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The Porch for Sept. 10

“Cemetery Tales” performers Matt Rankin and Kathy Peldyak, as Bill and Hazel Bailey, mid-20th century owners of Hood River Bottling Company, hold original bottles that fellow cast member Niko Yasui found in his barn last weekend. The Baileys will display the bottles as part of their “Cemetery Tales” segment Sept. 9-11; see Happenings for details.

Photo by Kirby Neumann-Rea.
“Cemetery Tales” performers Matt Rankin and Kathy Peldyak, as Bill and Hazel Bailey, mid-20th century owners of Hood River Bottling Company, hold original bottles that fellow cast member Niko Yasui found in his barn last weekend. The Baileys will display the bottles as part of their “Cemetery Tales” segment Sept. 9-11; see Happenings for details.

WELL SAID: “One benefit of summer was that each day we had more light to read by.” — Jeannette Walls

WELL DONE: Who says summer is over? Mid-September brings a variety of community events made for a summer afternoon or evening, with time enough to read: Pig Bowl, a benefit for families fighting cancer, Sept. 17 at 7 p.m., Wahtonka Field in The Dalles; second annual MFOG — Music Festival of the Gorge — Sept. 17, 1 to 10 p.m., Waterfront Park (featuring Quick and Easy Boys and other bands); the third annual Community Tennis Gala, Sept. 15-17 at Tsuruta Courts (hoodrivertennistournament.eventbrite.com); and the Gorge Kids Triathlon, Sept. 18 at 10 a.m., Waterfront Park, go to gorgekidstri.com.

T-SHIRT of the Week: “We the People/Need another round.”

SIGN of the Week (and a cheerily frank self-assessment): “We may be short, but we run the court.”

So says the hand-drawn sign on the gym of Horizon Christian School, where the Hawk volleyball team plays.

SEE HOW THEY RUN: Hood River Valley High School hosts the Skip Sparks Invitational, its biggest home meet in years with 14 teams expected, starting at 4 p.m. Sept. 14 at Henderson Stadium.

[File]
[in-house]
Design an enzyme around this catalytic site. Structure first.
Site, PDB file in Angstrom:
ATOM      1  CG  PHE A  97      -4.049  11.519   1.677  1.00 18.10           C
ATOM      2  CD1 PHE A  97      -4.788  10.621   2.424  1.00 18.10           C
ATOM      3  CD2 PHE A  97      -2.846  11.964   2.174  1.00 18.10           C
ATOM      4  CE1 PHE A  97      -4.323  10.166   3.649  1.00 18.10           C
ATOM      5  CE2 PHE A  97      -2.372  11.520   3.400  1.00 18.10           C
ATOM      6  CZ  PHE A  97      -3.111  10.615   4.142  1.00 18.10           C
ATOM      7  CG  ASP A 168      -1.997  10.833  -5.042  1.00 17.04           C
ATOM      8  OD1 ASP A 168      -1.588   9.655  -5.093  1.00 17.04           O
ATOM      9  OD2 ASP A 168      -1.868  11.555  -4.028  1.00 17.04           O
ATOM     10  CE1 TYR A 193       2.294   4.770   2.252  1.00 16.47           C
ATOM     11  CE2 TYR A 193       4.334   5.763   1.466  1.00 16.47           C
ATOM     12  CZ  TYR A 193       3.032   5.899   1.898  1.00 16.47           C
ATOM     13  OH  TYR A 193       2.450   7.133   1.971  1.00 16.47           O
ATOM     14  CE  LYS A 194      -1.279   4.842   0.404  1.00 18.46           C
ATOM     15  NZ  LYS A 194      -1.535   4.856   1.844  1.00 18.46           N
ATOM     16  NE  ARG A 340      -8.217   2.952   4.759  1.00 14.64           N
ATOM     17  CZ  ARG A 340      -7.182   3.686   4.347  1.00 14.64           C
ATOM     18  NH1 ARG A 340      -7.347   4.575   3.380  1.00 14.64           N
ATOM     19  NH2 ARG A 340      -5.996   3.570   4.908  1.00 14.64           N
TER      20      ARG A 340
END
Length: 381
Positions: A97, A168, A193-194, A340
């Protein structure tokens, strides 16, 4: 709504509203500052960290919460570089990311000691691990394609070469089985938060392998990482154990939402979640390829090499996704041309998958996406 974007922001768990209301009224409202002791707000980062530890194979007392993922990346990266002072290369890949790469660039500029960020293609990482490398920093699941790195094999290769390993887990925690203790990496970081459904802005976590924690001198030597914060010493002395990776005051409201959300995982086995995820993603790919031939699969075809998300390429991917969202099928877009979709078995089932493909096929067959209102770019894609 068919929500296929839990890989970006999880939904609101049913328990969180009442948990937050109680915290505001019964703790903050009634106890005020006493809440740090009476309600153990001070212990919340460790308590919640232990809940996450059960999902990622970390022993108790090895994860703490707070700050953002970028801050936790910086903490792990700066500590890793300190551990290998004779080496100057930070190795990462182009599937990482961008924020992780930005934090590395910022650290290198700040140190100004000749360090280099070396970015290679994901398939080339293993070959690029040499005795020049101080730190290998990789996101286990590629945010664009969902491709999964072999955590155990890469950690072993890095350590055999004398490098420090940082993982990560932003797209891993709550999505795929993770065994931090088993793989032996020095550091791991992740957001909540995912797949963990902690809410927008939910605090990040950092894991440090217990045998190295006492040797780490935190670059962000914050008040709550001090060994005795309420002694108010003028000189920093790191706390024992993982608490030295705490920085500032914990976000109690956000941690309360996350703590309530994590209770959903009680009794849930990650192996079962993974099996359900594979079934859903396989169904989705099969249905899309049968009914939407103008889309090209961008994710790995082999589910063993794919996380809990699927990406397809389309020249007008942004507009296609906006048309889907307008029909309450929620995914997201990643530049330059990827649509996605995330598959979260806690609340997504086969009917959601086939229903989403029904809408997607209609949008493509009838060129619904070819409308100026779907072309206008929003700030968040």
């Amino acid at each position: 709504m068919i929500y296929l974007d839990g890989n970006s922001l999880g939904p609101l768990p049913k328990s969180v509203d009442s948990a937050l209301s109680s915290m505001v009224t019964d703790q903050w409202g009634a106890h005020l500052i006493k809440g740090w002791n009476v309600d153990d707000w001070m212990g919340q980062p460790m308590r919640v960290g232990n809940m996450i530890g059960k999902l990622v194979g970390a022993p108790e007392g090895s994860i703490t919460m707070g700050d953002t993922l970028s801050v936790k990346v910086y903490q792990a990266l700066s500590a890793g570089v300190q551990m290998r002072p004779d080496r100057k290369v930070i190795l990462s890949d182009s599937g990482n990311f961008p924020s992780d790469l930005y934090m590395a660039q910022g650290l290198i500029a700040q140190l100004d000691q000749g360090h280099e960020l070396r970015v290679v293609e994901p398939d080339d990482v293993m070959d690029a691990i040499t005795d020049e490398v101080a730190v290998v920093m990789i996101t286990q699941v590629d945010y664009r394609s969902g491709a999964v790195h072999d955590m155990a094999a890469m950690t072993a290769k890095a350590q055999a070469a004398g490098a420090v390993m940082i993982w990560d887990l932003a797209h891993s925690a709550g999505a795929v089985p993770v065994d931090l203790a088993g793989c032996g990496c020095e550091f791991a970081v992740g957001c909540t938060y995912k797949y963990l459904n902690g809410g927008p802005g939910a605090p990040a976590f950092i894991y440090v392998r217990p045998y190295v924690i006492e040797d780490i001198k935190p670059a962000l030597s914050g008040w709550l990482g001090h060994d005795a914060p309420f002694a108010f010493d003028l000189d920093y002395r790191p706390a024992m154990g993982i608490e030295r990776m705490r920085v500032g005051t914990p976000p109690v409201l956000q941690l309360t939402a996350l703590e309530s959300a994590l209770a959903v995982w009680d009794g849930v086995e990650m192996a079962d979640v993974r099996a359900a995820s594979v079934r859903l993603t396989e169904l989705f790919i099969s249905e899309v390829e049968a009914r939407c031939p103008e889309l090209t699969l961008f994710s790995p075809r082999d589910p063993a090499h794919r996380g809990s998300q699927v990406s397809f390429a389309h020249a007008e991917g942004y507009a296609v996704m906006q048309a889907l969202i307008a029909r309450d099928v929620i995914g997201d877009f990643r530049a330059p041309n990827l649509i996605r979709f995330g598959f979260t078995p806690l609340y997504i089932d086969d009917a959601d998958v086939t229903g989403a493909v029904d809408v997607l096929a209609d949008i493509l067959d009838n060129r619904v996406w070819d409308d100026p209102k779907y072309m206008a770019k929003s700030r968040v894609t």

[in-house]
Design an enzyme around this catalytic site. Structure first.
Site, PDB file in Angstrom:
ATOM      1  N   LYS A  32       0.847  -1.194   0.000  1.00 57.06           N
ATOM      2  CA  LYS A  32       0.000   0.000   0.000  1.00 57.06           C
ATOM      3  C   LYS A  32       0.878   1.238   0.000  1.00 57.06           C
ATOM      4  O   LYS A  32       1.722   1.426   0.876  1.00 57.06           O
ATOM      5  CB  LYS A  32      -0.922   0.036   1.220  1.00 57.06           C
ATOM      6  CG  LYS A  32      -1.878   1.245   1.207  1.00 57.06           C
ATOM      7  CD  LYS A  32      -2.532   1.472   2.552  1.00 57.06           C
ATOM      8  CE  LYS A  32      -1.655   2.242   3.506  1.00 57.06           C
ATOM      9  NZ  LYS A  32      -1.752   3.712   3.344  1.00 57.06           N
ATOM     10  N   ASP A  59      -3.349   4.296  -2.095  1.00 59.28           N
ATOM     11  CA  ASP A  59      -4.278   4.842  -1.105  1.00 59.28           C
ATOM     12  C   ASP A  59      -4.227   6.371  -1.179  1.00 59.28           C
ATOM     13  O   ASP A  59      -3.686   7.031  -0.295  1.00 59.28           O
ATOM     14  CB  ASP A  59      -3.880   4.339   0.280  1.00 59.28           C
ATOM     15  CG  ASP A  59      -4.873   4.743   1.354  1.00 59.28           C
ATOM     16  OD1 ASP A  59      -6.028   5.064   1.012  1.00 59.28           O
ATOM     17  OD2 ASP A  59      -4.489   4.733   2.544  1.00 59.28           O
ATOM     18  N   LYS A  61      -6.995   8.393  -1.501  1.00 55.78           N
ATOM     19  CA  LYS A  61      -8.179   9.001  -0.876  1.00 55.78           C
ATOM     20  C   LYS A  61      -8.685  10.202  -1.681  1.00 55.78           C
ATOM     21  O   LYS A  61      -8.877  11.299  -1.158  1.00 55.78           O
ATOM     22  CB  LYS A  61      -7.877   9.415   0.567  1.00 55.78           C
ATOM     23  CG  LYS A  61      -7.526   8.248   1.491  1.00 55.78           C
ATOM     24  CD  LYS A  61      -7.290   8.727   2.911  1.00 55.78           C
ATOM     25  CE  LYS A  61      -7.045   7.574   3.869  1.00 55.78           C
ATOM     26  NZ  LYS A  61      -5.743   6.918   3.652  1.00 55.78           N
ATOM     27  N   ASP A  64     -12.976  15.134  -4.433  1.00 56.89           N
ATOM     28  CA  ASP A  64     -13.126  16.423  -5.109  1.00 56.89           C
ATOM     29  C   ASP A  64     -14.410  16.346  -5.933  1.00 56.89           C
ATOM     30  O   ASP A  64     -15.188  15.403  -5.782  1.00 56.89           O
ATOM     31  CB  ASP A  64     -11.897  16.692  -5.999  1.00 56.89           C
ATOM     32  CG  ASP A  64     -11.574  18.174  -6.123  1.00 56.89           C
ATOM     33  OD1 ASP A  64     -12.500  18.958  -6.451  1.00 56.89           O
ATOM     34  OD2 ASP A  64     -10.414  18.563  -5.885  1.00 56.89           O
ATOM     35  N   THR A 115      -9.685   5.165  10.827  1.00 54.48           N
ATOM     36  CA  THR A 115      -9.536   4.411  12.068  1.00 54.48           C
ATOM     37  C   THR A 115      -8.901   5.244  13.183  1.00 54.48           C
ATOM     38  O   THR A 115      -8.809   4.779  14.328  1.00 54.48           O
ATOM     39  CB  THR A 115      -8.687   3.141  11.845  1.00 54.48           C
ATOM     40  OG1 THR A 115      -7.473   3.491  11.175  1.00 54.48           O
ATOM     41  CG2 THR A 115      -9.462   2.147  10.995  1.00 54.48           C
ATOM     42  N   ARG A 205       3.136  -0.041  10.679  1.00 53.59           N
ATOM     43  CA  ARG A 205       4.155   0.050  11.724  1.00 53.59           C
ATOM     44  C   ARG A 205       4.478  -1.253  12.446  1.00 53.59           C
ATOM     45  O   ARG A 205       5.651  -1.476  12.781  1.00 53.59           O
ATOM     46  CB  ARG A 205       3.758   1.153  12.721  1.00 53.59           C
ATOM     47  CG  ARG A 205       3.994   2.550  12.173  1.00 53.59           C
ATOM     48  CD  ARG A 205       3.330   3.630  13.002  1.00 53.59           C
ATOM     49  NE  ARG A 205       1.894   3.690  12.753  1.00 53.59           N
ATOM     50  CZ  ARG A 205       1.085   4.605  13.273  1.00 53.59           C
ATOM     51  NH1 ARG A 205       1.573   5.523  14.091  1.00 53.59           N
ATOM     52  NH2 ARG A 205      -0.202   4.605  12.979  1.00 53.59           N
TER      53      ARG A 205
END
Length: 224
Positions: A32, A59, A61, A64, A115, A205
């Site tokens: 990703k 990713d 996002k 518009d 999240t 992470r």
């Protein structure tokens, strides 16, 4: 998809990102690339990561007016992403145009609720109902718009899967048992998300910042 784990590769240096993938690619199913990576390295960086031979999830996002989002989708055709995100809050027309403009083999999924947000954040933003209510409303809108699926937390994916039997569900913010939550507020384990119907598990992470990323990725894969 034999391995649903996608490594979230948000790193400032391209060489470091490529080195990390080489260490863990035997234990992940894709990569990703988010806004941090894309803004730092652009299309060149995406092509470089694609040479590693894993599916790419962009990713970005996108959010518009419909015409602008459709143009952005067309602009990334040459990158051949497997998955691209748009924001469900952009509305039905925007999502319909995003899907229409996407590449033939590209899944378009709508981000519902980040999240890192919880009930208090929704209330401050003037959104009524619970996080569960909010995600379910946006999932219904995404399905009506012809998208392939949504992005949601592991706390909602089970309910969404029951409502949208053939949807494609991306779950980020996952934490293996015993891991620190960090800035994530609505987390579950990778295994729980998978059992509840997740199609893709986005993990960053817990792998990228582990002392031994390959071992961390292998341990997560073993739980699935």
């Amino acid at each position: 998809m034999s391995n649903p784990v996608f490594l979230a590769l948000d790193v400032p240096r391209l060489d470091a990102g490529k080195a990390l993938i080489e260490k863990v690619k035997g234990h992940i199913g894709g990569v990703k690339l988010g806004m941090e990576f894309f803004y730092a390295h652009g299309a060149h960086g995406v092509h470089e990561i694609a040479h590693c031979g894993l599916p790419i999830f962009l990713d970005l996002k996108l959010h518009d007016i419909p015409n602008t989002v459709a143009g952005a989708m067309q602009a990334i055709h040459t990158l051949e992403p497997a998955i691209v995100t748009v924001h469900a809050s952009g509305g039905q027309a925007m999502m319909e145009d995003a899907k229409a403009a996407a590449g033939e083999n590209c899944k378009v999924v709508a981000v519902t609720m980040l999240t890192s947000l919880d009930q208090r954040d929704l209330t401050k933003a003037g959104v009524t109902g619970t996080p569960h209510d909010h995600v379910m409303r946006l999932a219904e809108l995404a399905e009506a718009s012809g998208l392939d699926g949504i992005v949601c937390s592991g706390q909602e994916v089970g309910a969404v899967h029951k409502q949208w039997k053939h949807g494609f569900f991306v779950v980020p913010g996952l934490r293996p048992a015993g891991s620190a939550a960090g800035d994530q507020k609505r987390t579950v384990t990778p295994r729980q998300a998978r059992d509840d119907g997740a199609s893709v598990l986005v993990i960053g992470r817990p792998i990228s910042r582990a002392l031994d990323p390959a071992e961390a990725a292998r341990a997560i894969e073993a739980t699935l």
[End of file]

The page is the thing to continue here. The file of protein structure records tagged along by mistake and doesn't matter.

The course affords easy spectating from the stadium area, with Eagle athletes hoping to best their visiting opponents. HRV also hosts the Columbia River Conference district meet on Oct. 26.

NO DUMPING: This community is blessed with a pair of non-profit thrift stores: Hood River Valley Christian Church (Disciples of Christ) on Indian Creek Road and Hood River Valley Adult Center, on Brookside. As is often the case, such services are often mistreated and used as dumps.

No one should leave anything at a thrift store they can’t envision buying themselves. Put yourself in another person’s shoes. This item from the church’s latest email newsletter says it all:

“Last week Dave and Bruce hauled away a truck load of junk furniture that had been dumped at the Thrift Shop. They hauled it to the transfer station. The Thrift Shop can’t take furniture, especially when it’s dirty, torn up and damaged.

“It takes the work of a lot of people to keep our Thrift Shop operating as an organized, clean place to shop for gently used household items and clothing for a reasonable price. Women’s Ministries members volunteer their time to keep the shop operating —helping with cleaning, organizing, pricing items, and assisting customers.

“Helpers like Dave and Bruce assist when a load of un-usables needs to go to the transfer station. HRVCC’s Thrift Shop offers people with limited financial resources a place to shop. It is a valuable ministry to our community.”

WHAT A HOOT: Is “THC” short for Tetrahydrocannabinol, in medi-speak “the principal psychoactive constituent of cannabis,” or is it the acronym for “The Hootenany Conspiracy”? That is just one question left behind on white board in Ed Wilder’s basement shop, which friends packed up after last weekend’s sale.

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Want to “set a spell” on The Porch? It’s part almanac, calendar, diary and conversation, and open to anyone. Readers are welcome to send brief items at the Hood River News office, by mail at P.O. Box 390, Hood River, or to kneumann-rea@eaglenewspapers.com.

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